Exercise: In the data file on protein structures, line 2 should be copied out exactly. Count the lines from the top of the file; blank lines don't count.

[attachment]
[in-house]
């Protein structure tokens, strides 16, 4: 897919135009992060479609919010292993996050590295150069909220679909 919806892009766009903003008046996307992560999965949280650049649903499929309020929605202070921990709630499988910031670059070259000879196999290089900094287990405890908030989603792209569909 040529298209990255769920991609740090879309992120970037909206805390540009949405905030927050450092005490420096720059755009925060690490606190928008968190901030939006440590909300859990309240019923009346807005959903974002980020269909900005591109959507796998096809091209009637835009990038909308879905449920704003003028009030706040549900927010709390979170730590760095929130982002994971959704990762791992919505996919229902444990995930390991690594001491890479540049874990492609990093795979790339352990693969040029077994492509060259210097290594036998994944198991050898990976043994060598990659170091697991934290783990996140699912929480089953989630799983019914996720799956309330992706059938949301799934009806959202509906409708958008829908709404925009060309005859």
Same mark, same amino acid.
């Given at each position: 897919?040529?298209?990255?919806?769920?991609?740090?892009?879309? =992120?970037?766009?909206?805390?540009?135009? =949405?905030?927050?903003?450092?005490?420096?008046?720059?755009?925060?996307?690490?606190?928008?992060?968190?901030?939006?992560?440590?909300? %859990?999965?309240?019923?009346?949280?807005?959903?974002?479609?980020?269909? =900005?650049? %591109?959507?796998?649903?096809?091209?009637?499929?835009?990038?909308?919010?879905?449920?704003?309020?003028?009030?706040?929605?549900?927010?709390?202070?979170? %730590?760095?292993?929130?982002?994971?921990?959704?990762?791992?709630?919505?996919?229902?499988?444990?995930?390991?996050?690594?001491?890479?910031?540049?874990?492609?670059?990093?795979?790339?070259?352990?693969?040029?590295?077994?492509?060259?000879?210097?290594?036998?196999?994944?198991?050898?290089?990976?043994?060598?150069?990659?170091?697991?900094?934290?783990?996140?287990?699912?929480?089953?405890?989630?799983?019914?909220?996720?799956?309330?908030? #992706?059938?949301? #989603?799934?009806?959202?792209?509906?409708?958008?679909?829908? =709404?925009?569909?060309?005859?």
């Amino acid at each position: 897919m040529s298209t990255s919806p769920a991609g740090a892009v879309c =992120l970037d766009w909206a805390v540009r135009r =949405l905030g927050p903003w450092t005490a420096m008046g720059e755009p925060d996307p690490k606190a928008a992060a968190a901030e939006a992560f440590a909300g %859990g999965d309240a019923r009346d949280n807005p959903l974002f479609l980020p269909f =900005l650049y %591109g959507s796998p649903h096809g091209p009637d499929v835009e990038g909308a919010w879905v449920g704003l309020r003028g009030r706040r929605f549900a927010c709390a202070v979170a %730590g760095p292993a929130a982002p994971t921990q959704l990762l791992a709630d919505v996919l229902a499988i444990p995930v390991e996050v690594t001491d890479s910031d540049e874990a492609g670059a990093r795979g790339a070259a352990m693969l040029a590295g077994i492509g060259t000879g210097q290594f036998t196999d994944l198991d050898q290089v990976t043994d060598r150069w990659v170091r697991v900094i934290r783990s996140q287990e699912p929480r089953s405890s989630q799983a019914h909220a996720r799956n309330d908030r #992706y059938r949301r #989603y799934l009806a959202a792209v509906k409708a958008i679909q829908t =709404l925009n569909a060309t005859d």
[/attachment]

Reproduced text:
């Protein structure tokens, strides 16, 4: 897919135009992060479609919010292993996050590295150069909220679909 919806892009766009903003008046996307992560999965949280650049649903499929309020929605202070921990709630499988910031670059070259000879196999290089900094287990405890908030989603792209569909 040529298209990255769920991609740090879309992120970037909206805390540009949405905030927050450092005490420096720059755009925060690490606190928008968190901030939006440590909300859990309240019923009346807005959903974002980020269909900005591109959507796998096809091209009637835009990038909308879905449920704003003028009030706040549900927010709390979170730590760095929130982002994971959704990762791992919505996919229902444990995930390991690594001491890479540049874990492609990093795979790339352990693969040029077994492509060259210097290594036998994944198991050898990976043994060598990659170091697991934290783990996140699912929480089953989630799983019914996720799956309330992706059938949301799934009806959202509906409708958008829908709404925009060309005859």